Art appreciation is always subjective, as in time-honored adage that beauty is in the eye of the beholder.
Therefore, it's absolutely proper to invest a fortune in some pieces that fascinate the buyers - regardless of the eyebrows that are raised every time a record is set.
But the colossal sum of US$450 million (HK$3.51 billion) being paid for a Renaissance painting is just awesome.
That's the stratospheric figure an unidentified buyer has splashed out for Salvator Mundi, a painting thought to be Leonardo da Vinci's only piece left in private hands.
When money is no longer an issue, pride and prestige take over. Ownership of an extremely rare art piece can elevate the ego to new heights, while the value is stored and expands over time.
There's been a lot of speculation over who was on the other end of the phone at Christie's auction in New York.
Could it be somebody from China? I'd have thought that in the past. However, Beijing's crackdown on lavish purchases of non-strategic assets by mainland big spenders is making the notion less likely.
It will be impossible to know who it was until the painting resurfaces at another time, another place.
Will the circa 1500 painting appear in the Louvre Abu Dhabi that was inaugurated this month by French President Emmanuel Macron and the oil-rich royalty there? That's the hunch, but only when it happens will it be confirmed.
It would be nice if the portrait ends up in a museum for the public to see rather than having it locked up and reserved for private viewing only.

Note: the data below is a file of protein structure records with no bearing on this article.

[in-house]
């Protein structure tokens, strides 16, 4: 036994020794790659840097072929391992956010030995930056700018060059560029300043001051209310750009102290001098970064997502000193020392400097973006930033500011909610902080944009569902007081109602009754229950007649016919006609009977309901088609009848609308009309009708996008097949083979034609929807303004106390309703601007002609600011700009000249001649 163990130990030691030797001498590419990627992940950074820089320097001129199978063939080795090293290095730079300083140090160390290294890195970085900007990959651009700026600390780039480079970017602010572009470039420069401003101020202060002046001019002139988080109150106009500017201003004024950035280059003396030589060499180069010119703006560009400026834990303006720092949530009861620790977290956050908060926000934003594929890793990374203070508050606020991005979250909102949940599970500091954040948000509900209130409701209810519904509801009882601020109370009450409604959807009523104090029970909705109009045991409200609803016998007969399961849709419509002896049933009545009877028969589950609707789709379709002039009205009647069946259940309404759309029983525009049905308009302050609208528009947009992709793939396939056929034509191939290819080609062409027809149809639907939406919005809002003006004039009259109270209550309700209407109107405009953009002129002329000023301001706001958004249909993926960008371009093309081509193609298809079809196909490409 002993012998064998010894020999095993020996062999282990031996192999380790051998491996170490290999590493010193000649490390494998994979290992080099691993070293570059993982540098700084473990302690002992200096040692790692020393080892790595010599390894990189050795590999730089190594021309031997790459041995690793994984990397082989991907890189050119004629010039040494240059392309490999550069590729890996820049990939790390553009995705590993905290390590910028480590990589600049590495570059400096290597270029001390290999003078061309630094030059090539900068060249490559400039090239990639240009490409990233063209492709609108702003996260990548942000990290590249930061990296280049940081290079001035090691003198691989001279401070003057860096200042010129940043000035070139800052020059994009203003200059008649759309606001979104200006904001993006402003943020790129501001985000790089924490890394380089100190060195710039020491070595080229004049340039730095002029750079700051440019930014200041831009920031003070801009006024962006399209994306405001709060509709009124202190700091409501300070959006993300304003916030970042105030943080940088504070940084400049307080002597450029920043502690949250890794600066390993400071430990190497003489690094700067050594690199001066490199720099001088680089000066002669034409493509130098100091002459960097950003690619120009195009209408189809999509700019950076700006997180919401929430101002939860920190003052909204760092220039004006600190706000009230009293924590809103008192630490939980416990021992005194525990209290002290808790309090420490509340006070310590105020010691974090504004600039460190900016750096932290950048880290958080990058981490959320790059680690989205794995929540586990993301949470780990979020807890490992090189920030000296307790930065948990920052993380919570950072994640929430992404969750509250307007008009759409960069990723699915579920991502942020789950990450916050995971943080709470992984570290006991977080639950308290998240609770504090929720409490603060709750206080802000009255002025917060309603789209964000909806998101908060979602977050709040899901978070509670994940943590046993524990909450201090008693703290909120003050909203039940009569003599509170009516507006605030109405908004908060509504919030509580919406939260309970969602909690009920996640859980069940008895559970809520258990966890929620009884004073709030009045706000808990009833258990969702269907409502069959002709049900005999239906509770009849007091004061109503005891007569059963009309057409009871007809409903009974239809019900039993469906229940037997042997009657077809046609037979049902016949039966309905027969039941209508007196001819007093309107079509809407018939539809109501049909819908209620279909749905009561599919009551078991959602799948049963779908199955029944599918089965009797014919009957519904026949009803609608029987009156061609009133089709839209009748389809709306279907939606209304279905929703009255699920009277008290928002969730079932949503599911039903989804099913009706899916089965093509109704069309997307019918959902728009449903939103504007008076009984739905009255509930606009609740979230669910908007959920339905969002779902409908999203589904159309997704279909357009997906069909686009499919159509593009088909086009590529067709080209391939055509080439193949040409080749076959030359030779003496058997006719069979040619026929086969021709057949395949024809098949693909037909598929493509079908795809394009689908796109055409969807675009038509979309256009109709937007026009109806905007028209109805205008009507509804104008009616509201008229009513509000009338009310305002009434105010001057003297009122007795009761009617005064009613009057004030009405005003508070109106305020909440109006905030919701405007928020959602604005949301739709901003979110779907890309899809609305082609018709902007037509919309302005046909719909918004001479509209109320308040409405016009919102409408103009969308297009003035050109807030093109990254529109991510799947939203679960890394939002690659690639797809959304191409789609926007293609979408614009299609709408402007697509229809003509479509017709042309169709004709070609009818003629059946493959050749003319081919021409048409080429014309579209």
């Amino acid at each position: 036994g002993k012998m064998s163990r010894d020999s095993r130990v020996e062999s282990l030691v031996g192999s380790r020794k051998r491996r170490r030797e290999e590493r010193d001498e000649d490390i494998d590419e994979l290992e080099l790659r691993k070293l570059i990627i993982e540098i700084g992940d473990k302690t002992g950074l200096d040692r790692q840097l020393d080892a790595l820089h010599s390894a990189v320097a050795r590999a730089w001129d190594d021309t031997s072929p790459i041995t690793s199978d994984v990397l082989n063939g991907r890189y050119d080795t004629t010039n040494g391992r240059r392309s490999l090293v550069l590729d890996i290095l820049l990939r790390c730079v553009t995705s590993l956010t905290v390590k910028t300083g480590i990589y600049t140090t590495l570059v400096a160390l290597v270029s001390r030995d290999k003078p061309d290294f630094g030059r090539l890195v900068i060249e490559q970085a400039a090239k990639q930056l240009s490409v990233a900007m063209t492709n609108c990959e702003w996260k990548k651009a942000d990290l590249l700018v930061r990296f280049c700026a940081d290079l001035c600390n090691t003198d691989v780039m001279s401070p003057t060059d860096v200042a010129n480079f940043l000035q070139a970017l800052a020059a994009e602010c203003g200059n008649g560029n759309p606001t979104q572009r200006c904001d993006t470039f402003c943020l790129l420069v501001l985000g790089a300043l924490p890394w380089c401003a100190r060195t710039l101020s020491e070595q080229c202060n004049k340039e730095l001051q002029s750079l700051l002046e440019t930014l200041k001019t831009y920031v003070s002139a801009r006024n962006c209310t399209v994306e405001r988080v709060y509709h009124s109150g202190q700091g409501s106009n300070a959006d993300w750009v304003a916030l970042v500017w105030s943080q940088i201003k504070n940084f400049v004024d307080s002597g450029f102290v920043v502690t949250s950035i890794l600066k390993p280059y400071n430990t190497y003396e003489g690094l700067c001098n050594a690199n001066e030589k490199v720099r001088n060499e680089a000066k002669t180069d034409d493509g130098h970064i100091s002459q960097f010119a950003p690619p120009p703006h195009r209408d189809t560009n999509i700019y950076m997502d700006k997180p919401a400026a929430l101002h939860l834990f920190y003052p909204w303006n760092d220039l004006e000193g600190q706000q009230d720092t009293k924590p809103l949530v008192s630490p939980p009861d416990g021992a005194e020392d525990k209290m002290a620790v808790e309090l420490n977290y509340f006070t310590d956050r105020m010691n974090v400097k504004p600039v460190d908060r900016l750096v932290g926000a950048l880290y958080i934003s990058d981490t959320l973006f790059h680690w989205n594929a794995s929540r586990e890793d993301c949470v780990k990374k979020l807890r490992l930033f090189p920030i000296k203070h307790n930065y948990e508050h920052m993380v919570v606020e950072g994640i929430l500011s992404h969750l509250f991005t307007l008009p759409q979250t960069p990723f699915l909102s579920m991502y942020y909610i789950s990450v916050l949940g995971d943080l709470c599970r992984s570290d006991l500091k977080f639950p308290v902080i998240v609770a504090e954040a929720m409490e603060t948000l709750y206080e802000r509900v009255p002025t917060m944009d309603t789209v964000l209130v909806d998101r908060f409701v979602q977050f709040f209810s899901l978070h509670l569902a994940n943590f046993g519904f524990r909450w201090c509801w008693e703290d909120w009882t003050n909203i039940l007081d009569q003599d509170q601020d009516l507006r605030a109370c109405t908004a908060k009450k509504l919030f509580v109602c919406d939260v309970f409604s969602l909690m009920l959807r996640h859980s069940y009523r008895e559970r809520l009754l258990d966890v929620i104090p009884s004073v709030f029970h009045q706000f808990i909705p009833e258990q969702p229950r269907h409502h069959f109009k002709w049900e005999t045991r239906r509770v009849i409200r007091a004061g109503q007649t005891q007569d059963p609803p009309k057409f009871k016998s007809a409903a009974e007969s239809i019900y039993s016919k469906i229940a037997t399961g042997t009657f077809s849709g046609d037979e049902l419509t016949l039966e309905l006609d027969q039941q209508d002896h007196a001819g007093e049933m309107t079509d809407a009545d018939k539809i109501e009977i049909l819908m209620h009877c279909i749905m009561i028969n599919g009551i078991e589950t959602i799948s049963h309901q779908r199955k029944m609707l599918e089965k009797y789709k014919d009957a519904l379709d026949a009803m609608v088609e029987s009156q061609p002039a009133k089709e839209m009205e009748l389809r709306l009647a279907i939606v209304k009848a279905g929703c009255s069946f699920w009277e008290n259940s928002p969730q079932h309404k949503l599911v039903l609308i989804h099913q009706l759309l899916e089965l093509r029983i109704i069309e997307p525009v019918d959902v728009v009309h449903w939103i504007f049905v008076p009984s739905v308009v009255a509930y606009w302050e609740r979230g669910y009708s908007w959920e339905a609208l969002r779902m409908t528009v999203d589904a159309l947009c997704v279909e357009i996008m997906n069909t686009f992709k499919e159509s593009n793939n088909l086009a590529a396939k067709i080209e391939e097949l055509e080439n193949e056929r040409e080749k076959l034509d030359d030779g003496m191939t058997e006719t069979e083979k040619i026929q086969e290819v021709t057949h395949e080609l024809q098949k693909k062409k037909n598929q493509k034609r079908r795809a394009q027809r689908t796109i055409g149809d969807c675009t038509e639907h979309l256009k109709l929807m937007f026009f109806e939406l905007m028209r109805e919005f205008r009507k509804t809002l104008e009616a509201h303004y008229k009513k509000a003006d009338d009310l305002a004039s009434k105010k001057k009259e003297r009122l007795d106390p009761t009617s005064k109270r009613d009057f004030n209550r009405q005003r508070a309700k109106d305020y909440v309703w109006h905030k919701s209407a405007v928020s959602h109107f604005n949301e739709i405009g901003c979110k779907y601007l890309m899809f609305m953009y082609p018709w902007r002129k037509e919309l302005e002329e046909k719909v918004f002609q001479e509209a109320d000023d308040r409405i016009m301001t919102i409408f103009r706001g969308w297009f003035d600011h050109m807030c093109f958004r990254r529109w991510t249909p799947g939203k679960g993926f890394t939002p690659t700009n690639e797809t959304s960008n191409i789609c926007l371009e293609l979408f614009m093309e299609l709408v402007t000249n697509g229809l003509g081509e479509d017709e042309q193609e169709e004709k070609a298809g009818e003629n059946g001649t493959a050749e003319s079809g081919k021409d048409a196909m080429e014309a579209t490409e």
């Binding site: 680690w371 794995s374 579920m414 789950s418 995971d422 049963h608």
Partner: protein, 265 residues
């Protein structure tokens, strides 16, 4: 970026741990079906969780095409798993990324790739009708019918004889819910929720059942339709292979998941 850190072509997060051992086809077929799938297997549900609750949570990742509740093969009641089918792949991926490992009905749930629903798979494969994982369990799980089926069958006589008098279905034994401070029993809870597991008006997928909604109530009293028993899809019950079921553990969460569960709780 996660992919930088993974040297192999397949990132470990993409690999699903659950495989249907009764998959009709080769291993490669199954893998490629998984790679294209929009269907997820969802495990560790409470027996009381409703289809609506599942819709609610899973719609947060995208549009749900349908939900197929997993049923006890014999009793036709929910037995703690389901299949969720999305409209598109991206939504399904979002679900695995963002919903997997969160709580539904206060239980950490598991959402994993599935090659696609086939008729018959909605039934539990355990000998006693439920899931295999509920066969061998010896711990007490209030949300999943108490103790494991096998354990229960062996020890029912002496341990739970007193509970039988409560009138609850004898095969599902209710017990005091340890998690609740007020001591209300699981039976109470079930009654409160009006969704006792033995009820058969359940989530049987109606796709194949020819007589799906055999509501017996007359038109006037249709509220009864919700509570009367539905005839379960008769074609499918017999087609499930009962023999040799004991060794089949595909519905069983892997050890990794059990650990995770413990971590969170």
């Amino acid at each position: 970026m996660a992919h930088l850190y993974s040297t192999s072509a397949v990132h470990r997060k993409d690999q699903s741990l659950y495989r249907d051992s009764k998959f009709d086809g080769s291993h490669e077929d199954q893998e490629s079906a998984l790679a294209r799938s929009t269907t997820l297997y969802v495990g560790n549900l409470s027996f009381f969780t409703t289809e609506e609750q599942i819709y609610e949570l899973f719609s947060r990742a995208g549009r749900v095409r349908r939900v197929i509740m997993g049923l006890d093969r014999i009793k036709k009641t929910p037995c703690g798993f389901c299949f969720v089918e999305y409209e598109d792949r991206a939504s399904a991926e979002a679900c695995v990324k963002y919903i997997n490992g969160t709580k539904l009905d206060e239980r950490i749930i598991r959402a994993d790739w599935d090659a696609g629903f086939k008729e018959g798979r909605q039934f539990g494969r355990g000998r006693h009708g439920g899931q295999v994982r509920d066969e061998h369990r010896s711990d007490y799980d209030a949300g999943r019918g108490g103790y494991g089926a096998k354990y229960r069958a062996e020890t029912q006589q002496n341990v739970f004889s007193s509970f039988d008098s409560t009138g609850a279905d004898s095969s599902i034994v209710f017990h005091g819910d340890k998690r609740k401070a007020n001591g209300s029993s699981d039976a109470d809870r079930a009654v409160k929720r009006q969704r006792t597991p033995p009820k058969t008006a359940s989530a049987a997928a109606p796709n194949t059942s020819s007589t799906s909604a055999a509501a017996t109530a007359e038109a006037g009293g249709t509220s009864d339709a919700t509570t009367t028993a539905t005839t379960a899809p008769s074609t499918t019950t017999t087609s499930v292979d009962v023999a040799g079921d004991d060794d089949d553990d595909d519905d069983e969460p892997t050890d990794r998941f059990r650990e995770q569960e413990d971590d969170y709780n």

After the collection market came down a bit following the financial tsunamis and Beijing's vigorous clampdown on corruption in recent years, it's always tempting to define a whopping record as a pointer of this or that.
The current case would be too exceptional to be a general indicator.
The oil on walnut painting depicts Christ as Salvator Mundi (Latin for saviour of the world). It shows Jesus, in Renaissance garb, giving a benediction with his raised right hand and crossed fingers, while holding a transparent crystal orb in his left hand.
Even after the sale, the work remains controversial, as the art world is divided into two camps. The original had been lost, rediscovered, restored, and certified by several leading scholars to be an original work by da Vinci.
But the other side remains as skeptical as before, pointing to its "simultaneously new and old" features.
No matter what, the hammer came down and money changed hands, and as a new record is set, so is the faith in authenticity.
We don't know if the painting will land in Abu Dhabi as speculated. If it does, it would certainly become the centerpiece of the "Louvre of the Arab world" - like the Mona Lisa that lures millions of visitors annually to the Louvre in Paris.
Nevertheless, one thing is certain. Wherever Salvator Mundi is heading, Christie's is set to pocket US$50 million in fees. No wonder the auction room was brimming with smiles.